My favorite part of the festival is the hot air balloons, and this year we got to see them up close and personal - more about that in another post.

Mr. Billy and I drove down Center Street (now with a sign touting it as "Provo's Historic Center Street") where I cruised on Saturday nights with my much better-looking friend ("I get the blonde one, okay? You can have the other one." "No way man, I got the plain one last time..."). On the left is a fountain I jumped into on a hot summer night, just after breaking up with my boyfriend. To the right used to be the library, where I weekly filled a basket as big as me with books to take home. When I'd plowed through every book in the children's section, I was granted a special dispensation to check out any book in the library, the adult section opening to me like paradise.

Just off Center Street to the right, La Dolce Vita is still in business - a restaurant run by a family fresh from Italy in the '80's. I used to read the mother's palm while her glamorous, dark-eyed son translated. In exchange, she gave me rum baba or a heavenly slice of pizza. To the left is NuSkin Plaza, shiny monstrosity plopped in the middle of the older buildings, a creepy, larger-than-life sculpture out front of kids, faces stretched into leering grins, flying around a globe. Mr. Billy says it reminds him of Soviet-era art.

The left side of the street is blocked off for parade preparations.

Mullett Hoover is still around, but Art's Shoe Repair - where Gary Gillmore used to work - is under new management. Gleaming bicycles wink at passing kids from a rotating platform in Bingham Cyclery.

I think it was during the first Gulf War that 200 West was renamed Freedom Boulevard ("Because the more we use the word freedom, the more we can curtail yours!"). The building where I used to take ballet is empty and derelict, paint peeling away like leprosy.

As we ramp up the freeway, I spy a small, hand-painted sign that reads, "Iglesia Cristiana." When I look in the direction the sign points, all I can see, as we speed by, is another LDS chapel.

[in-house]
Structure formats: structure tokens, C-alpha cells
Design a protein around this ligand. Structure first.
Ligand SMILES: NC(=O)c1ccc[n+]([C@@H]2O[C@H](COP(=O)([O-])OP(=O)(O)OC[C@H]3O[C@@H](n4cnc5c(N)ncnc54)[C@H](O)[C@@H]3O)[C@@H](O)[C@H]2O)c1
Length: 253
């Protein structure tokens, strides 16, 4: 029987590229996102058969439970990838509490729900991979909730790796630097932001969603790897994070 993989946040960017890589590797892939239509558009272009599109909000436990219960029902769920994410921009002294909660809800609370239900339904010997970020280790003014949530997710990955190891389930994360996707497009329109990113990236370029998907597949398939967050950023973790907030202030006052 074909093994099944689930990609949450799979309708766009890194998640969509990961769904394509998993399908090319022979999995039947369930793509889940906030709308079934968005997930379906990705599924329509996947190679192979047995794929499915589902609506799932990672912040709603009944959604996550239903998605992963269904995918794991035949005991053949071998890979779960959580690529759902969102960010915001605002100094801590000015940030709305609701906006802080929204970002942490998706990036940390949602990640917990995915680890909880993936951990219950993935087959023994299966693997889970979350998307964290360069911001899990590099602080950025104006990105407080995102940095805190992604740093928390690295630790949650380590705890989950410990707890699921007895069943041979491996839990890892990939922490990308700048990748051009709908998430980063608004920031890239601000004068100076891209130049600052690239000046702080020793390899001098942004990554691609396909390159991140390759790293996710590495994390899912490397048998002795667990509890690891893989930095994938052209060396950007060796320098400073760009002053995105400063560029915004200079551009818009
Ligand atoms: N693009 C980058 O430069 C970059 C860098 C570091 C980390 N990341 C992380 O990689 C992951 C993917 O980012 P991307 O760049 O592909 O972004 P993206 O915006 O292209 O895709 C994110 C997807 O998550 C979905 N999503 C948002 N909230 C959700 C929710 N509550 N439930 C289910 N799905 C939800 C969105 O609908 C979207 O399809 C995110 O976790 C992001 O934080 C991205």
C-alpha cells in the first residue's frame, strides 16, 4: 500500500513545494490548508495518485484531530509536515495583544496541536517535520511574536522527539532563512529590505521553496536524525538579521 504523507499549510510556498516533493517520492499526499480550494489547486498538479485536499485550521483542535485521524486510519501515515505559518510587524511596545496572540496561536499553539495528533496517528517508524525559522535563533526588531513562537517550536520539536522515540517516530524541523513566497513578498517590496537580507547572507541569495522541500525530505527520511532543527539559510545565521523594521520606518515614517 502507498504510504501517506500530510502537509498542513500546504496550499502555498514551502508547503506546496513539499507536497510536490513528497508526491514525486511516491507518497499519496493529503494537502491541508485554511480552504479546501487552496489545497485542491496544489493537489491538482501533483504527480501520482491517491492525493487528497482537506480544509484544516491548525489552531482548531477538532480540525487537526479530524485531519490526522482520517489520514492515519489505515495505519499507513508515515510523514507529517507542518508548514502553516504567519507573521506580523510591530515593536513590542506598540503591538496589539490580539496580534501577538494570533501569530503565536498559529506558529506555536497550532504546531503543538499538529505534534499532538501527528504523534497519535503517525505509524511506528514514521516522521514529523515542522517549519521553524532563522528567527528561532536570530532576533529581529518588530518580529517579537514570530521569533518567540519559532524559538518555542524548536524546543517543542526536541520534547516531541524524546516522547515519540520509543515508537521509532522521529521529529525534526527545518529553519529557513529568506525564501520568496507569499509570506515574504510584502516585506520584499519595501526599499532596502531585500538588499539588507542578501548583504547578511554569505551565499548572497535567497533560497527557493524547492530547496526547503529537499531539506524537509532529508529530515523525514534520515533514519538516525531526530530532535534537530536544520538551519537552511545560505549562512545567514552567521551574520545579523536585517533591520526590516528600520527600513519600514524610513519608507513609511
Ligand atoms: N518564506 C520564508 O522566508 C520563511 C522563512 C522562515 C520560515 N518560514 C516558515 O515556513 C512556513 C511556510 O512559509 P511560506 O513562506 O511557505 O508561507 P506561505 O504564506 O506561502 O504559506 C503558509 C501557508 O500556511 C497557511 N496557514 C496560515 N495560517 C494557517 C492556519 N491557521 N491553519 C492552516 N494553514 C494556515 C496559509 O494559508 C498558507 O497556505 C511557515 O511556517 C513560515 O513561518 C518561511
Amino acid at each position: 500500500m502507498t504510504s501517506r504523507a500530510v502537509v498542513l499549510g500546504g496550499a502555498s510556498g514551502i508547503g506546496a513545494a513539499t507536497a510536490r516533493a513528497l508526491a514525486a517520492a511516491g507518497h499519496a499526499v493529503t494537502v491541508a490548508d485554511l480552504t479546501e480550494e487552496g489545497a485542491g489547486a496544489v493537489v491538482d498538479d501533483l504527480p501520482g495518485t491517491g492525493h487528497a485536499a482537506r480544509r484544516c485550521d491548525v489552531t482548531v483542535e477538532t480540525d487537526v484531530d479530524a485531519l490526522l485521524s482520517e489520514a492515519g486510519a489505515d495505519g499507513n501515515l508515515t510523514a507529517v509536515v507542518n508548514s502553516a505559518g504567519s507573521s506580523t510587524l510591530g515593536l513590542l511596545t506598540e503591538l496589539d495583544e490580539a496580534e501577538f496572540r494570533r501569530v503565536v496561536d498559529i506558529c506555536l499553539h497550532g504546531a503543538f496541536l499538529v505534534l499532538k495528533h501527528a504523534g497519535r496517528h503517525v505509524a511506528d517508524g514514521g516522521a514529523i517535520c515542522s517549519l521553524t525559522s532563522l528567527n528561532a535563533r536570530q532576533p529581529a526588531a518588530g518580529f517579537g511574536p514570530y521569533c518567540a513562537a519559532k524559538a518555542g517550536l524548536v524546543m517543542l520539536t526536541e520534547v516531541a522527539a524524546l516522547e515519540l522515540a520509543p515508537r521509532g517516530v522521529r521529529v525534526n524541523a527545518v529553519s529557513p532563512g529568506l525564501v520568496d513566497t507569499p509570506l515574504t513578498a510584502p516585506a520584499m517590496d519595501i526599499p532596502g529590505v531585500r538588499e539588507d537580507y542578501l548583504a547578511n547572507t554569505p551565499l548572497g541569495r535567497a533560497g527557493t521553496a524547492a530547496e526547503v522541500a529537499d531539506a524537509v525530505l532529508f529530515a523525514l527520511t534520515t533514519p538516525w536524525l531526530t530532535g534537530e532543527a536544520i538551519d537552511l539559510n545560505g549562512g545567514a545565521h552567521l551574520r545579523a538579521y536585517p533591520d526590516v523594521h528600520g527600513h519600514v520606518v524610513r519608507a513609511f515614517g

A billboard shows a soft-focus picture of a young woman, hair pulled demurely back. "Modest Wedding Gowns," the sign reads, "Modest Formals, Modest Prices."

I'm remembering the 4th of July, another year. My dear friend Geo used to live, with other students, in a big old house on Center Street. After the parade went by, Geo tied a stars-and-stripes bandana to her head, and led us on our own parade down the street. We marched with Geo in the sunlight, singing and whistling, waving at the remnants of the crowd as they packed up their blankets, and balloons - escaped from sticky kids' hands - rose quietly into the sky.

Mr. Billy and I are driving north on the freeway. "Escape the World," says a billboard.

Welcome to Utah.

Sunday, June 11, 2006


We can see sunlight cresting over the Buddha's knee, rays picking their way through kitchen windows, tea on to boil, kids moving softly to the table, hair standing up in pillow-rubbed clumps.

The kids run out ahead after breakfast, tagging each other, bare feet slapping stone, voices ringing back from whitewashed walls. We hang back, our hands full with buckets and brushes and rags, taking the time to talk, squinting up at the sun, while we are still shoulder-to-shoulder within the village; once we come to the grassy edge, we'll fan out, taking up our places along the Buddha's leg.

Our village shelters under his right knee; my family, as far back as memory goes, has had charge of the Buddha's left foot, tucked lotus-wise in the crook of the knee. We are finishing the gold leaf on his big toe a little before solstice this year. A full week to rest before starting again at the heel, where the shine is already dulled, the delicate lapis scrollwork begun last year losing its crisp edges.